The Federal Preservation Institute is pleased to offer the following publications for use by all interested parties.
The Historic Preservation Learning Portal is an Internet website that provides a fast, direct link to historic preservation information and training on more than 1,000 federal, state, tribal, educational, and non-profit websites. The HPLP brochure helps you get started exploring historic preservation on the web!
Responding to requests by Federal Preservation Officers (FPOs), the Federal Preservation Institute has developed a series of folders that describe important aspects of every federal agency's historic preservation responsibilities.
Historic Preservation: A Responsibility of Every Federal Agency. This folder provides a quick, easy to read introduction to federal historic preservation. Complete with examples of federal stewardship, consultation, rehabilitation, and protection, the folder also summarizes milestones in federal historic preservation law.
Consultation with Native Americans: A Historic Preservation Responsibility. This folder describes how federal agencies can develop meaningful "government-to-government" relationships with Indian Tribes. It outlines best practices and a seven step process for effective consultation.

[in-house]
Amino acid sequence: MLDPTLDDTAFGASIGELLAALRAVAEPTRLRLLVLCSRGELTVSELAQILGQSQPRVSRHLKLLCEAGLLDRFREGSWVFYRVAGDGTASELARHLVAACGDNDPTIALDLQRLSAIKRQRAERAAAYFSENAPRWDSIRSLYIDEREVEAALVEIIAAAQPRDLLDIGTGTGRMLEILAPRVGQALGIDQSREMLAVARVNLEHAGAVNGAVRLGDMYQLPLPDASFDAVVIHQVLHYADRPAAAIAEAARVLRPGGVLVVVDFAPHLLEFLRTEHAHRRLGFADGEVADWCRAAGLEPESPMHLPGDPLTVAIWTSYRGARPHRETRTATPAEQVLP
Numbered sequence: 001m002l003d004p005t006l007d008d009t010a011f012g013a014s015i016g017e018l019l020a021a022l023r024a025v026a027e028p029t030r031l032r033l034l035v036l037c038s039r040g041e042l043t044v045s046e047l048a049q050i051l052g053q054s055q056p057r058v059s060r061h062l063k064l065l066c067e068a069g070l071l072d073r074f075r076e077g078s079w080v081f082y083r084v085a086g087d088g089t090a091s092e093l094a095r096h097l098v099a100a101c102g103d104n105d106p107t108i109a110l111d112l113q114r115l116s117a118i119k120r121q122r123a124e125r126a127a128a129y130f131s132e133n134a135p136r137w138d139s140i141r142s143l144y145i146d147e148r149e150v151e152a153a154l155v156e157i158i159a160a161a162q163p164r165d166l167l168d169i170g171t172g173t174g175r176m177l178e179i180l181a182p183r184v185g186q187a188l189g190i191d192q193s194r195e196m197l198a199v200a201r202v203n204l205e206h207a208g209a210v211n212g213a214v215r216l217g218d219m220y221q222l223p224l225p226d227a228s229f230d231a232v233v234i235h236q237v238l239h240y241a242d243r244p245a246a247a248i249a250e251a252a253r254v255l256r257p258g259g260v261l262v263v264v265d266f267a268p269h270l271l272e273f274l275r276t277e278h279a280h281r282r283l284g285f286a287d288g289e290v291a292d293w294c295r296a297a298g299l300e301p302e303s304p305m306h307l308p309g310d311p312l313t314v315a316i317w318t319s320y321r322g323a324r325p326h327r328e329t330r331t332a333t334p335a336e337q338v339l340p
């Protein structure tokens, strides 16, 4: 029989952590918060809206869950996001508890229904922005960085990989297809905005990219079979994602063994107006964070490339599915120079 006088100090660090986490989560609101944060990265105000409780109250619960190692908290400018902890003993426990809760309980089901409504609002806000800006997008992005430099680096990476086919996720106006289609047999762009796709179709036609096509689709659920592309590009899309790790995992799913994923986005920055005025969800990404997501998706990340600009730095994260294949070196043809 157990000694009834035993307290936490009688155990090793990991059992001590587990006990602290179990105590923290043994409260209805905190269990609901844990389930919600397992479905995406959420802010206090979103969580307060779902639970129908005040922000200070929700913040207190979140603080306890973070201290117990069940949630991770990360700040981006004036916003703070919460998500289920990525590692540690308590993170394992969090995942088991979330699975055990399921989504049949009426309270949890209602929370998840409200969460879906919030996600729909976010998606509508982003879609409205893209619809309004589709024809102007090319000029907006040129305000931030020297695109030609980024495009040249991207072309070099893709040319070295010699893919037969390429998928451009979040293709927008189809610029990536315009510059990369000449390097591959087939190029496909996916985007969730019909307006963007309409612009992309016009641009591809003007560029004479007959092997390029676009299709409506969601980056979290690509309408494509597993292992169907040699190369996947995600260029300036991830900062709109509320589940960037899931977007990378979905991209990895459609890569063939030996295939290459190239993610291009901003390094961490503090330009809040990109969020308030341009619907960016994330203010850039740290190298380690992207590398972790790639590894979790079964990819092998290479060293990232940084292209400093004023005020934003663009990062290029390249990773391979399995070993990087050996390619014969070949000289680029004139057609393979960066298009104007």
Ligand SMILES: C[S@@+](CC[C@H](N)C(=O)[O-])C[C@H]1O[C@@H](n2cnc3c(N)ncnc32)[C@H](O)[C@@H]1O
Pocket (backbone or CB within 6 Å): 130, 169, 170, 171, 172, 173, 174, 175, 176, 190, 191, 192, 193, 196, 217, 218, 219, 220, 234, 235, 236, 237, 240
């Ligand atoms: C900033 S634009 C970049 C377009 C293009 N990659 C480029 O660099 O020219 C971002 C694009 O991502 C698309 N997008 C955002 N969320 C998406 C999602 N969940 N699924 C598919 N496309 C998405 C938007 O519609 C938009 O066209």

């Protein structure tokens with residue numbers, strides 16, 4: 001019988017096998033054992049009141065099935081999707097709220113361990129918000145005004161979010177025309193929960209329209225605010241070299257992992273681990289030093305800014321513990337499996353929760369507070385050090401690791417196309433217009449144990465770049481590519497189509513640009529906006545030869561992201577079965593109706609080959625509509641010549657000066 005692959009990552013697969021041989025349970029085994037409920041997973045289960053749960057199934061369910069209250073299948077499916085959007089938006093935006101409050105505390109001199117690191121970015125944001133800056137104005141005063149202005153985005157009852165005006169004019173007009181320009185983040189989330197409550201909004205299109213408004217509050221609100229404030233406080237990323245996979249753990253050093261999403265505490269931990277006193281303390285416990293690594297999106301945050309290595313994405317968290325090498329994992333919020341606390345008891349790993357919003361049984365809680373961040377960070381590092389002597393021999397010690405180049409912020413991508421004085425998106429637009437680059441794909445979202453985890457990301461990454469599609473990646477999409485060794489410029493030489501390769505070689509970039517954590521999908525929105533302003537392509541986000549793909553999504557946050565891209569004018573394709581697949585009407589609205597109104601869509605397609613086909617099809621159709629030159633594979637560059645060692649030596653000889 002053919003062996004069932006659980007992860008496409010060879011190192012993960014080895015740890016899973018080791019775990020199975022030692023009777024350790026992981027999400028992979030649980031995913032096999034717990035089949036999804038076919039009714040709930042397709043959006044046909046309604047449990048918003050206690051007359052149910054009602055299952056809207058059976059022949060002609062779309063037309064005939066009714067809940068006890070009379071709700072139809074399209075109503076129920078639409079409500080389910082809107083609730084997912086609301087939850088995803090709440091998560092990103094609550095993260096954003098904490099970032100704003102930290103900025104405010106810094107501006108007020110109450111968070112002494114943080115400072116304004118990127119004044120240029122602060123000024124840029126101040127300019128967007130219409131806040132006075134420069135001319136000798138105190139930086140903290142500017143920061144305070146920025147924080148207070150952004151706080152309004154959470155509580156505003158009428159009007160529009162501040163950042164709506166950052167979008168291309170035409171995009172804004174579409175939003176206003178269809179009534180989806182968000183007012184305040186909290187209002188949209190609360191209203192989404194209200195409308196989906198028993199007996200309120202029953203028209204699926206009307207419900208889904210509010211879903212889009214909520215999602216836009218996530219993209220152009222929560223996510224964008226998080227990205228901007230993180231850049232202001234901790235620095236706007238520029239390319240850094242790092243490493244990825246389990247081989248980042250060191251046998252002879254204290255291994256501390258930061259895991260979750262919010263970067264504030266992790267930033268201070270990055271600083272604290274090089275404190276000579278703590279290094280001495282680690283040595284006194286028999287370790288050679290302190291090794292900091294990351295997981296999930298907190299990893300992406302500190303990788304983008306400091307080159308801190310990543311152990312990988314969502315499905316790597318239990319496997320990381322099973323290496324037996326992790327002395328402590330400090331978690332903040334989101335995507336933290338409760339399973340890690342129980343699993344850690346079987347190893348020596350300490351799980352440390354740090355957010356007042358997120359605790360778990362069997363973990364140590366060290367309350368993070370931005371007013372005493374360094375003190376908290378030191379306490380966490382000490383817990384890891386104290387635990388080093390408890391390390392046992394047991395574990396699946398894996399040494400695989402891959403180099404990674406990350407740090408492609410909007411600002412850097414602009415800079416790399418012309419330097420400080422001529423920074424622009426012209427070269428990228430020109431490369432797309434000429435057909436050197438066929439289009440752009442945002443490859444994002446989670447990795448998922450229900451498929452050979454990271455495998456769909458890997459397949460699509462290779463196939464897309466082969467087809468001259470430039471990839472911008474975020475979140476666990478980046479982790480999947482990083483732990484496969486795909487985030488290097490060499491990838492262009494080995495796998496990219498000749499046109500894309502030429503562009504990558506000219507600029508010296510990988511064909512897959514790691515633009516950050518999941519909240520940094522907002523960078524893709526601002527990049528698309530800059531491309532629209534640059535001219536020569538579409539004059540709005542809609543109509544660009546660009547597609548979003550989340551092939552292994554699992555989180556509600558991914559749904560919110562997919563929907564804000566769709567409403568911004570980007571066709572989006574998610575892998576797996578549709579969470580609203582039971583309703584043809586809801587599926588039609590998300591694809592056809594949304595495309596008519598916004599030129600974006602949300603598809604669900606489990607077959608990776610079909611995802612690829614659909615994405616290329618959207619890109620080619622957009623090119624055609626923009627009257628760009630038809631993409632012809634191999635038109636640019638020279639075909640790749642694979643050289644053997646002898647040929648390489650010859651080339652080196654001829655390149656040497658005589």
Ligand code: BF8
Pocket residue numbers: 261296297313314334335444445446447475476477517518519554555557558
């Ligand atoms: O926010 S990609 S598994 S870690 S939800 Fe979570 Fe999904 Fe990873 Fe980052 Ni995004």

FPI also periodically sponsors conferences that address national historic preservation issues.
Facts for Feds provide brief information on historic preservation topics of interest to Federal Presevation Officers and their clients.
Measuring the Economic Impact of Federal Historic Properties: An Introduction to the Impact of Federal Stewardship of Historic Properties on Economic Vitality. Executive Order 13287, Preserve America, signed in the spring of 2003, emphasizes using Federal historic properties to enhance economic vitality of communities. Yet, no specific guidance was provided to Federal agencies on how to measure the impact of their stewardship decisions on economic growth. This paper was prepared as a starting point for Federal preservation officers and historic preservation staff at Federal agencies to understand how the historic properties managed by the Federal government can contribute to local economies.
FPI also supports the diffusion of historic preservation information by hosting publications not generally available elsewhere that are of interest to the federal historic preservation community. Check out the FPI Bookshelf.